Steve Bonner Exhibition: Gallery of Caribbean Art – Speightstown, Continues until Friday 30/4/2010
In 1995 artist Steve Bonner discovered Barbados almost by accident. He had no particular intention of visiting the West Indies, but an opportunity to support some friends on a cricket tour and wrap that into a holiday with wife Ruth, began their long love affair with one of the most intriguing and enigmatic islands in the Caribbean.
“We actually went to Trinidad and Tobago for that tour but as is so often the case the plane landed briefly in Barbados on it’s way back to the UK. I remember looking out of the window as we took off again and thinking that I’d just touched down somewhere very special and that it was terribly important for me to come back!”. Come back he did, and he describes that first proper visit as almost being sensory overload, the heat, the light, the colour of the sea, but most of all the extraordinary energy which is Barbados.
A decade and a half later, Steve will be celebrating the launch of his second exhibition at the Gallery of Caribbean Art in Speightstown, which debuted March 28th and running until the end of April.
The launch of Steve’s first exhibition at the Gallery in 2001 was just one month after 9/11 and was a far from blinding success. “The island was virtually empty, I remember! The US air embargo had only just been lifted and, although it seems unbelievable looking back on it now, many people were just too scared to fly. But as the show finished things started to get back to normal and one by one, all the paintings were bought – and Caribbean Art has been representing me and selling my art ever since.”
Previous exhibitions have concentrated on the spectacular and contrasting land and seascapes of Barbados, but the 2010 exhibition will also include pieces that combine Steve’s talents as both a landscape artist with the clean, bright energy of his figurative work.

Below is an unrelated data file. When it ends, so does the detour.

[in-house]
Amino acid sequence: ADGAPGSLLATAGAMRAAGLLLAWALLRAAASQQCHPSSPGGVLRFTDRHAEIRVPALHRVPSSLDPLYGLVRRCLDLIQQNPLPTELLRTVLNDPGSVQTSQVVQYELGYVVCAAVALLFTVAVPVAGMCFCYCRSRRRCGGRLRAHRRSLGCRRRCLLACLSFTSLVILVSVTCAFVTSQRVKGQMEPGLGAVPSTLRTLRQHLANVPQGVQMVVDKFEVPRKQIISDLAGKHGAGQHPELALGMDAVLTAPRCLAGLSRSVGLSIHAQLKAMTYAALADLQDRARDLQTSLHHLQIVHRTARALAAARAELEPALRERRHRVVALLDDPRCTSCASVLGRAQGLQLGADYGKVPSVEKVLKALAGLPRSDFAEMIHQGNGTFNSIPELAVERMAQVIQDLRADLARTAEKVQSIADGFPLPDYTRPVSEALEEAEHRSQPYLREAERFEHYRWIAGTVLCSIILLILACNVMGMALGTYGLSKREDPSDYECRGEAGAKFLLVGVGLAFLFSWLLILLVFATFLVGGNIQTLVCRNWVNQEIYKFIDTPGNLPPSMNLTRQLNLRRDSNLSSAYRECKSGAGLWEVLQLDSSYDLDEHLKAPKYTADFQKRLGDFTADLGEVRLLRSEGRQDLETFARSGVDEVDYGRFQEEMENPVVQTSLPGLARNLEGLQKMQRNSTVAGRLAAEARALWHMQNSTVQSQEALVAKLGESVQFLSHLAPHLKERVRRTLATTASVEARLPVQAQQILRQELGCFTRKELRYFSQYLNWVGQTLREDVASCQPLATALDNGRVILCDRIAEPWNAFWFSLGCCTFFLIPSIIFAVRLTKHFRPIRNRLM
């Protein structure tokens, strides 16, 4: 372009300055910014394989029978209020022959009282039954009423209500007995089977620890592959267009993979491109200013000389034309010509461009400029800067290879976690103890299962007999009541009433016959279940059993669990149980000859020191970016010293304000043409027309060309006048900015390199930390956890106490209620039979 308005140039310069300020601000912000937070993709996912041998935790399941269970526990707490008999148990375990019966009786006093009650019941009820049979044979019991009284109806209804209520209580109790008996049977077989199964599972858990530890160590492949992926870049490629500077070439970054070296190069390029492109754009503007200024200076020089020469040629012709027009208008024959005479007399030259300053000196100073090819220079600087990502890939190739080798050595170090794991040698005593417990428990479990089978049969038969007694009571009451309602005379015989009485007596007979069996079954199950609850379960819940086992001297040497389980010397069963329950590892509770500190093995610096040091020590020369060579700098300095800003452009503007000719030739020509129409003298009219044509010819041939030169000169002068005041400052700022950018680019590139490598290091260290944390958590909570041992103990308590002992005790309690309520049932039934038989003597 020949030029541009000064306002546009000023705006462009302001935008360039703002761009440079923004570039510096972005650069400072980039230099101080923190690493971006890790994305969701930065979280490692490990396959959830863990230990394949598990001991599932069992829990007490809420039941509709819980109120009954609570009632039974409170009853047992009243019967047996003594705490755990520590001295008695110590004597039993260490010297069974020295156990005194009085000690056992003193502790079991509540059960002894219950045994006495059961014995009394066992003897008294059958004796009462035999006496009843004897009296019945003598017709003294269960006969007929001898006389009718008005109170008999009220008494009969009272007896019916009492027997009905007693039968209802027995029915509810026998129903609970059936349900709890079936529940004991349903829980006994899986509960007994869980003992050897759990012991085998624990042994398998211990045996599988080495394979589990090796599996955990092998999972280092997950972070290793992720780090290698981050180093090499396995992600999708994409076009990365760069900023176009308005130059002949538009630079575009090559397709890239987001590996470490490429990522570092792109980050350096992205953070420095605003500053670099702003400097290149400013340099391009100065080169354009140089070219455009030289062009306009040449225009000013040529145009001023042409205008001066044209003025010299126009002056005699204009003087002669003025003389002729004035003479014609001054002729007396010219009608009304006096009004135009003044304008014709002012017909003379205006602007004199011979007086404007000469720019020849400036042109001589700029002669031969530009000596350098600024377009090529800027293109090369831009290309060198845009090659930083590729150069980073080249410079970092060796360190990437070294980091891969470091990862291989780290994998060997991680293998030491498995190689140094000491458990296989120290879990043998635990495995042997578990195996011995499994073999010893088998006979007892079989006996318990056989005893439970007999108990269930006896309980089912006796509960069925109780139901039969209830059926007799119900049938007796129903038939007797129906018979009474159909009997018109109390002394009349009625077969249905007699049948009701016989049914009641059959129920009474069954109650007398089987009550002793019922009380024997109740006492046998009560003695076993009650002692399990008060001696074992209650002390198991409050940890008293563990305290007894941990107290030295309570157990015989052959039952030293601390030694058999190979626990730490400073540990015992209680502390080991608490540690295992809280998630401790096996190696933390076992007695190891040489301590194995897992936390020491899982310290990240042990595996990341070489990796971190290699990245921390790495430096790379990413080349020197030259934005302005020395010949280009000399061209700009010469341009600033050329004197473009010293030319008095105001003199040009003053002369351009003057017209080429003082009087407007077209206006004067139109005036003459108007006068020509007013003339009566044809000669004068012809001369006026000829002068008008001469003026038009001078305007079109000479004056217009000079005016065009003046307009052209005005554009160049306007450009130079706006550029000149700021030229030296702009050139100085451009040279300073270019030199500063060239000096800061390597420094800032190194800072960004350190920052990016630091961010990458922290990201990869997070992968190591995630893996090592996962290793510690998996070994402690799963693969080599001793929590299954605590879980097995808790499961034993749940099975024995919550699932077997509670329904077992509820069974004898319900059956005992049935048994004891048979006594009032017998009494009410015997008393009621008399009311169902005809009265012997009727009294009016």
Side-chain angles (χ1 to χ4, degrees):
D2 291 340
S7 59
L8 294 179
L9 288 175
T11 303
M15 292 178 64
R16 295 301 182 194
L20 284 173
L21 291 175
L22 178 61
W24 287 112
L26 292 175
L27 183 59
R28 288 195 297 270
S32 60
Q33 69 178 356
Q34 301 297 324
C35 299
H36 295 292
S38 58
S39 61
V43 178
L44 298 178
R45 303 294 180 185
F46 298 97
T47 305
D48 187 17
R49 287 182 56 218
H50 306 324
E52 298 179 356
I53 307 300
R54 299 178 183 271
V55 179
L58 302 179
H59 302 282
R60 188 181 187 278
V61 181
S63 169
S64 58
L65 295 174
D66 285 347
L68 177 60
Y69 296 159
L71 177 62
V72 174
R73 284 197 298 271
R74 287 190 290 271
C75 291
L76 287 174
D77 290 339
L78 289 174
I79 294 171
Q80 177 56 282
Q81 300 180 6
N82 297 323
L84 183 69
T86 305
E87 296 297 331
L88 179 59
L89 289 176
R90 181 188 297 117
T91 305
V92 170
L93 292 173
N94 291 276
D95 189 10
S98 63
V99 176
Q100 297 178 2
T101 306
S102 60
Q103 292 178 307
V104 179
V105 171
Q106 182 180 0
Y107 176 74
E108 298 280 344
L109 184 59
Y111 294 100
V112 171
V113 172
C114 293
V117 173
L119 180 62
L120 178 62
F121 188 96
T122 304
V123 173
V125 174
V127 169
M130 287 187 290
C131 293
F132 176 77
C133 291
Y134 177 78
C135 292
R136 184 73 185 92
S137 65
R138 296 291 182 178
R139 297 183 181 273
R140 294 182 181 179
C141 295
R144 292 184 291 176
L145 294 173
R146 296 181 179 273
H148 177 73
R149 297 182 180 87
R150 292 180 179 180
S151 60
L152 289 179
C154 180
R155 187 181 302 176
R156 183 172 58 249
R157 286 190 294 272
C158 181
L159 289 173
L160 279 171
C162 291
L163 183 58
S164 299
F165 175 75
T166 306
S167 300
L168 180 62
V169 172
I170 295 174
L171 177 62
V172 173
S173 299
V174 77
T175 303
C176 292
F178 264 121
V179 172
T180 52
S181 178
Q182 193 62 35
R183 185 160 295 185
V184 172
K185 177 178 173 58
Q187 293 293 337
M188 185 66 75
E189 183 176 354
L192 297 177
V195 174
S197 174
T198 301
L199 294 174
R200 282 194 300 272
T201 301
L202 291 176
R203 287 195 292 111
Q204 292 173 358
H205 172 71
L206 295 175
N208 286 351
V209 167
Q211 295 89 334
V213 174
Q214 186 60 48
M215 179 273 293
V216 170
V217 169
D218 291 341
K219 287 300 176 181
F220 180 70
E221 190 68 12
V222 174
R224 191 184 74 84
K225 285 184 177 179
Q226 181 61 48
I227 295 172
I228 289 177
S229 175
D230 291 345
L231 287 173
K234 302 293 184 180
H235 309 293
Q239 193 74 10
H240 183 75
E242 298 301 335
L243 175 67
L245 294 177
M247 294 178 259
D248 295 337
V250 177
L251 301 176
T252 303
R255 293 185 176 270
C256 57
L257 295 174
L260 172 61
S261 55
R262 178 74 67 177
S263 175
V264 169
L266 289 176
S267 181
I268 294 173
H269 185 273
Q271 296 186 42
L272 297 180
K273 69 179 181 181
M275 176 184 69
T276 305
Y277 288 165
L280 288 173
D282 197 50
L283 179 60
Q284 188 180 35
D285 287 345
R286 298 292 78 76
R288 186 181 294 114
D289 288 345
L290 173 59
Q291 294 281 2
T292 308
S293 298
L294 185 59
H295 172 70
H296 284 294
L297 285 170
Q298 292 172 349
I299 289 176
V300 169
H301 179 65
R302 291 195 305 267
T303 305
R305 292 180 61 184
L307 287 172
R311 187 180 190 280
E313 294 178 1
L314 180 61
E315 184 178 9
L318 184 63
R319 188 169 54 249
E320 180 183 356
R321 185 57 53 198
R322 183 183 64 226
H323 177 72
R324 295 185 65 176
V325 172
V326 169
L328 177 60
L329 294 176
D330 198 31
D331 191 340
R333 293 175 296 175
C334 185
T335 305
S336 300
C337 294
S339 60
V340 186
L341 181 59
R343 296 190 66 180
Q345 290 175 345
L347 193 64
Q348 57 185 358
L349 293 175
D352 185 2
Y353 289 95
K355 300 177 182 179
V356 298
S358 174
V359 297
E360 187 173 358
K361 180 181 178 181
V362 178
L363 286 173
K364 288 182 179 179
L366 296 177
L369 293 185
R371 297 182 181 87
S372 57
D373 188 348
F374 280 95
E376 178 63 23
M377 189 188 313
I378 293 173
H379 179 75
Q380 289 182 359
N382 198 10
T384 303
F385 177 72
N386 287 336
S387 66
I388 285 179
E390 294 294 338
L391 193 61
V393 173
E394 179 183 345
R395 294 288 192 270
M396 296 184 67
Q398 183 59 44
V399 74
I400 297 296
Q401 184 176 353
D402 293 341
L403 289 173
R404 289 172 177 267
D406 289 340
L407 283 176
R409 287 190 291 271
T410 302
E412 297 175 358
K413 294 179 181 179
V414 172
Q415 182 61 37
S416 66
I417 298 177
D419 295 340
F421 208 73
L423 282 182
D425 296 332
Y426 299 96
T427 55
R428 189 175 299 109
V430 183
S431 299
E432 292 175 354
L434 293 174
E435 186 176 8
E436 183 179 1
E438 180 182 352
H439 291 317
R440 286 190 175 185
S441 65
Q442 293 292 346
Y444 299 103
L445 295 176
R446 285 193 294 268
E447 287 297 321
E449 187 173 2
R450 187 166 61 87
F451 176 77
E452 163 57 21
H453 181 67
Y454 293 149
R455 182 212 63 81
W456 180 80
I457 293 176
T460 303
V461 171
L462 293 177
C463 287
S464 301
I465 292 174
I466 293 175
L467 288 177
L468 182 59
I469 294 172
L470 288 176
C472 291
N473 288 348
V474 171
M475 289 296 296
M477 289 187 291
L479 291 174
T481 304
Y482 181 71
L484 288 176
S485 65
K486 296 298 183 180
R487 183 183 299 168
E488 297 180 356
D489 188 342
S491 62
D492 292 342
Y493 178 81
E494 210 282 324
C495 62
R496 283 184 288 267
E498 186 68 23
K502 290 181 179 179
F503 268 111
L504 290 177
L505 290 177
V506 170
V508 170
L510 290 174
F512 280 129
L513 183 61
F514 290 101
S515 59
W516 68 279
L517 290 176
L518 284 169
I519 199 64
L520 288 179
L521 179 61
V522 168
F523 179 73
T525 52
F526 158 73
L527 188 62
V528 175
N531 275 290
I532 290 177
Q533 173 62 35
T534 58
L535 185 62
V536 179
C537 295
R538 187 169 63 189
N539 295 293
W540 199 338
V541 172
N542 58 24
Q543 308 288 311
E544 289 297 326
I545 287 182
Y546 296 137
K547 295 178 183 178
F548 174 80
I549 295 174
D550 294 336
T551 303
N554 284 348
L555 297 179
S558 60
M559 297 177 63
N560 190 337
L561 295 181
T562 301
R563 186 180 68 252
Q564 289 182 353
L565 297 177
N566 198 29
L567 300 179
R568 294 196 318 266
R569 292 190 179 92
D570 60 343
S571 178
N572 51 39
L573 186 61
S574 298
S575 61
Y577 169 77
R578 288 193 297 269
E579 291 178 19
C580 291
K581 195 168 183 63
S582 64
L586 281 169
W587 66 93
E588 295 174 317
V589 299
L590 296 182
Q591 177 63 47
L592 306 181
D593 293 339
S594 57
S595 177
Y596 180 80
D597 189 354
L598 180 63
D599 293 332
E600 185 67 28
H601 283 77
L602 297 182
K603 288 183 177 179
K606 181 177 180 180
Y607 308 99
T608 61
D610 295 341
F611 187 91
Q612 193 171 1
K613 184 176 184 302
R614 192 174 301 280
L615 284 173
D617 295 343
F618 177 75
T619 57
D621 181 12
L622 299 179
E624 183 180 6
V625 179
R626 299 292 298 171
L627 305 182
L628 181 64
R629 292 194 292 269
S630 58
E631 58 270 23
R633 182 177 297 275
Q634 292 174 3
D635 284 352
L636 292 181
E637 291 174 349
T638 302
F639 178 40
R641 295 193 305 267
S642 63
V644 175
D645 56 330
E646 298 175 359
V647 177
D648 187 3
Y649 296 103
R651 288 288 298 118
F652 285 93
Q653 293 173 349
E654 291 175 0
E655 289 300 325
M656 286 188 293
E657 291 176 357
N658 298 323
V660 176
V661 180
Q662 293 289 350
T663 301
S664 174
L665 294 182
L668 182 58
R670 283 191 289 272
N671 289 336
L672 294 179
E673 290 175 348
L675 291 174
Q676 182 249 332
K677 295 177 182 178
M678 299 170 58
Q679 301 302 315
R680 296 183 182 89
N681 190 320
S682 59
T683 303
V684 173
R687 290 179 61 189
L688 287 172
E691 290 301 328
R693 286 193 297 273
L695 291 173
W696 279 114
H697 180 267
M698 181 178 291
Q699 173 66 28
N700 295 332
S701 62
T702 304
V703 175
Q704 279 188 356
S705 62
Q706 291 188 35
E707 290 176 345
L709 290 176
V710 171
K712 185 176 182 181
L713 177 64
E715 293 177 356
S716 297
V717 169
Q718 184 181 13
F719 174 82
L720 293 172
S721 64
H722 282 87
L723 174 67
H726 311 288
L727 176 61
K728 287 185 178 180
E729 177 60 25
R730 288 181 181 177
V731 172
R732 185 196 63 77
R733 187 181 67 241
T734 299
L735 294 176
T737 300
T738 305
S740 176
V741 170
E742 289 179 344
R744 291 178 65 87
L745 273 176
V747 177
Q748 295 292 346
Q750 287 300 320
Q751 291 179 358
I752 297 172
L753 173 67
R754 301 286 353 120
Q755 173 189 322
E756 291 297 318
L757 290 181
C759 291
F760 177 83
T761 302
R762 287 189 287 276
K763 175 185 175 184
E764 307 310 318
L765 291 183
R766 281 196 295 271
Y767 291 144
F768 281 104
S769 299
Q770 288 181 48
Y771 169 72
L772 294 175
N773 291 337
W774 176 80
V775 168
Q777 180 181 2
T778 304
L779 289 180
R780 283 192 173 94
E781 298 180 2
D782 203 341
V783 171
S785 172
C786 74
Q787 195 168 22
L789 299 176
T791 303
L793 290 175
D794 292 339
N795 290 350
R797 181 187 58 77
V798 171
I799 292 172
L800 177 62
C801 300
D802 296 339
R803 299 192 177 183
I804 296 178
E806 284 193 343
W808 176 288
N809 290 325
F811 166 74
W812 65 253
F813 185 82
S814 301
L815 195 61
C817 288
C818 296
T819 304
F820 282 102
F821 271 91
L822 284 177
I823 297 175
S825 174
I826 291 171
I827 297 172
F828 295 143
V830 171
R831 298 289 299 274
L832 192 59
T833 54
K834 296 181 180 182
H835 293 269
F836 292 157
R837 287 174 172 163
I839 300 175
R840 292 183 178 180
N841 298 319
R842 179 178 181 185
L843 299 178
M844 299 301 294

“I’ve no idea why it took so long for me to drag my eyes away from the landscape: it’s most unlike me! But back-home I’ve always been a figure painter first and foremost and here I’m starting to combine both my love of the island’s landscape and the beauty of the female form, which is a different kind of energy that I can tap into. It’s got a long way to go but I’m very pleased with these first pieces. I’m also showing for the first time some totally new figure work. I’m often told my work is verging on the surreal and these paintings aren’t going to disprove that! They’re a little weird I have to admit but they’re bright, they’re colourful, and best of all they’re huge fun, so do, please, come along and see them.”
Steve has certainly captured the beauty of the island and the beauty of the Barbadian models he works with. As a highly skilled colourist Steve’s keen eye has accurately captured the true colour of the sea around the island. “It’s an astonishing cobalt turquoise, but if I painted it cobalt I believe it would look too dull, so I use other colours in combinations, often in glazes, to try to get that wow factor into the painting.”